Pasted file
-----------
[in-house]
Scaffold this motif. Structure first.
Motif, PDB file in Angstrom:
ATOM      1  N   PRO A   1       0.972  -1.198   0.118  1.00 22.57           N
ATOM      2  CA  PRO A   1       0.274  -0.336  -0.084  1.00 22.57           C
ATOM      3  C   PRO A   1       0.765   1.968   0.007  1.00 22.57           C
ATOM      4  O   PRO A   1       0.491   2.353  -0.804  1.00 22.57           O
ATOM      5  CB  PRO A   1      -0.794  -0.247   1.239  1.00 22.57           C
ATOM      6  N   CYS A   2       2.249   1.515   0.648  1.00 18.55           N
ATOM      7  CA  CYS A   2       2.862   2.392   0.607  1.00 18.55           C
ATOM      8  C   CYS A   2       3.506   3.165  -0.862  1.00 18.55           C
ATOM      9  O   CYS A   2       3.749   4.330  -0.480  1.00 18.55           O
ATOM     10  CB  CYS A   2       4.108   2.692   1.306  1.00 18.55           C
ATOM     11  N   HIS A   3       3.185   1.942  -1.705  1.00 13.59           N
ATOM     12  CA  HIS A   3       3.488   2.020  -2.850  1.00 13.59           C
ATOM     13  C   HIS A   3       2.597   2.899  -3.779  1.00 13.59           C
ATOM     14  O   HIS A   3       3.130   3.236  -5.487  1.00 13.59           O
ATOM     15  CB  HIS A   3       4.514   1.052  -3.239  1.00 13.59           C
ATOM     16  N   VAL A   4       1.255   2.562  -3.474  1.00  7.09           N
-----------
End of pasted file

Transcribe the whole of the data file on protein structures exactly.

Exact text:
[in-house]
Scaffold this motif. Structure first.
Motif, PDB file in Angstrom:
ATOM      1  N   PRO A   1       0.972  -1.198   0.118  1.00 22.57           N
ATOM      2  CA  PRO A   1       0.274  -0.336  -0.084  1.00 22.57           C
ATOM      3  C   PRO A   1       0.765   1.968   0.007  1.00 22.57           C
ATOM      4  O   PRO A   1       0.491   2.353  -0.804  1.00 22.57           O
ATOM      5  CB  PRO A   1      -0.794  -0.247   1.239  1.00 22.57           C
ATOM      6  N   CYS A   2       2.249   1.515   0.648  1.00 18.55           N
ATOM      7  CA  CYS A   2       2.862   2.392   0.607  1.00 18.55           C
ATOM      8  C   CYS A   2       3.506   3.165  -0.862  1.00 18.55           C
ATOM      9  O   CYS A   2       3.749   4.330  -0.480  1.00 18.55           O
ATOM     10  CB  CYS A   2       4.108   2.692   1.306  1.00 18.55           C
ATOM     11  N   HIS A   3       3.185   1.942  -1.705  1.00 13.59           N
ATOM     12  CA  HIS A   3       3.488   2.020  -2.850  1.00 13.59           C
ATOM     13  C   HIS A   3       2.597   2.899  -3.779  1.00 13.59           C
ATOM     14  O   HIS A   3       3.130   3.236  -5.487  1.00 13.59           O
ATOM     15  CB  HIS A   3       4.514   1.052  -3.239  1.00 13.59           C
ATOM     16  N   VAL A   4       1.255   2.562  -3.474  1.00  7.09           N